Over the past two days, my mother and I have visited three more cemeteries: Provo City (Provo, Utah), American Fork (American Fork, Utah), and Sacajawea (Fort Washakie, Wyoming--Located on the Wind River Reservation).
I wanted to visit each cemetery for a specific purpose; someone from my lists are buried in each one.
Provo City was first. This sleepy little cemetery is tucked away in the university town of Provo. When my mother and I visited, around five PM on a Saturday afternoon, only two other cars with other visitors were there with us. Provo is most well known today for being the home of Brigham Young University (BYU), and so of course the majority of folks who live, and have died, in the city are members of the Church of Jesus Christ of Latter Day Saints. Though not LDS (or more commonly known as Mormon) myself, my hometown is also largely populated by the LDS community and so their customs and iconography are familiar to me. My mother and I almost felt home when we saw the multitude of headstones engraved with an image of a temple; only in this case the majority of these grave markers showed the local LDS temple in Provo and not the one we are more familiar with--though there was one headstone in the Provo City Cemetery that showed the temple located in my hometown, so that was pretty cool.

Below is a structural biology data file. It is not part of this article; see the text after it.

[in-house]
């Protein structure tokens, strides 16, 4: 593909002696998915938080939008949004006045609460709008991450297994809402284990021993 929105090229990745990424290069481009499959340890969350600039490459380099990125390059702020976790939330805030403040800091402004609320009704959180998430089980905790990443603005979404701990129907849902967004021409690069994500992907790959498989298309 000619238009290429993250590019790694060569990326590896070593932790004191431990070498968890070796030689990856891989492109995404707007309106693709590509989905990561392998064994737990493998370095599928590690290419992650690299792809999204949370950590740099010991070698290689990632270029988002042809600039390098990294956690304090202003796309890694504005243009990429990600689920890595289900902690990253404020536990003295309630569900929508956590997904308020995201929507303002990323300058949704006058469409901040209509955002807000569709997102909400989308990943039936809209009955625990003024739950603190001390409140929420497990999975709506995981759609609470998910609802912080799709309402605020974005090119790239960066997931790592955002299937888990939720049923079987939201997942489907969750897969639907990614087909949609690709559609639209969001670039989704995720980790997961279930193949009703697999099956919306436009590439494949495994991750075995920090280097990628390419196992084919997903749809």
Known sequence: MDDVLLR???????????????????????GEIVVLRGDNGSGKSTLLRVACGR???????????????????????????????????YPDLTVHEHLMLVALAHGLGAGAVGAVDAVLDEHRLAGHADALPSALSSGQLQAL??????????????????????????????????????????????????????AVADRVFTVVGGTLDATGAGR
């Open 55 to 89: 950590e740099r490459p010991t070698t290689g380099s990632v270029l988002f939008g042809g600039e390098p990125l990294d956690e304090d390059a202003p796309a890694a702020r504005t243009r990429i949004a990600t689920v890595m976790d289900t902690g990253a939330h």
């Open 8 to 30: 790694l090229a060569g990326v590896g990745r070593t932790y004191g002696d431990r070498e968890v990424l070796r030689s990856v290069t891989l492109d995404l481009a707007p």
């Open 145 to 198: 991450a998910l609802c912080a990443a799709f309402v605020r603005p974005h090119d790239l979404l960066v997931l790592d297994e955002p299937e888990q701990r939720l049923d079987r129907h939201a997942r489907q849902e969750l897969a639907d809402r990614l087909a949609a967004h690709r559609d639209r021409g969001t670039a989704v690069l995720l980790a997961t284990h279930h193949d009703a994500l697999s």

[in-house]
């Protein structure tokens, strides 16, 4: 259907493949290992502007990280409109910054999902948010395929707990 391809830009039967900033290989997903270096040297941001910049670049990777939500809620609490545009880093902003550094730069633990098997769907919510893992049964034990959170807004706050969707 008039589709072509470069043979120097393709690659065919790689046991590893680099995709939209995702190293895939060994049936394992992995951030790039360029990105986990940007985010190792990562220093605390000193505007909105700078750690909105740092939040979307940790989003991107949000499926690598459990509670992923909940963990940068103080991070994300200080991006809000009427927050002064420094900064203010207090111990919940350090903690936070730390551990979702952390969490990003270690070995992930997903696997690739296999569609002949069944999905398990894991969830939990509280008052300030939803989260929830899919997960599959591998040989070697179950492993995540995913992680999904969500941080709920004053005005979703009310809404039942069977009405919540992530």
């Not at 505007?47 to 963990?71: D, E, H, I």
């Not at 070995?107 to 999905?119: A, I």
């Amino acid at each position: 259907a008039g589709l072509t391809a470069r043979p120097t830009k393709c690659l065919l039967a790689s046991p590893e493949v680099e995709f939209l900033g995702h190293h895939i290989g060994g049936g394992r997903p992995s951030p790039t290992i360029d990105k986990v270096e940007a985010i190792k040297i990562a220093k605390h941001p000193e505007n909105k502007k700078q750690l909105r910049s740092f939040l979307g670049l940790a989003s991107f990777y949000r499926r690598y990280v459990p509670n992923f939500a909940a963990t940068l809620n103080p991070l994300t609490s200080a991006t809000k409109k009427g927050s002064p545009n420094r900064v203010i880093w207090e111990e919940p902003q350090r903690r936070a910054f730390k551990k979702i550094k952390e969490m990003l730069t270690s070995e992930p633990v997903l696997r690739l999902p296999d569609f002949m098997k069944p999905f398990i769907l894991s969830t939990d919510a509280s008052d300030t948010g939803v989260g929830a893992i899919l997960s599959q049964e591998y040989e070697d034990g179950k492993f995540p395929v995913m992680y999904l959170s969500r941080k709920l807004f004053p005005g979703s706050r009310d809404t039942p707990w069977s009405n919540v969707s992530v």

With all that said, the person I most wanted to visit in Provo City Cemetery was Philo Farnsworth, the inventor of the all-electronic television and so much more. For a man who gave the world so much, his final resting place is fairly simple. Philo died in Salt Lake City, but is buried in Provo. The GPS coordinates listed on Find a Grave can be linked through Google Maps, and if you use that link you will get fairly close to his gravesite, but its not exact. In any case, my mother and I found Philo and his wife within a few minutes of arriving within the cemetery.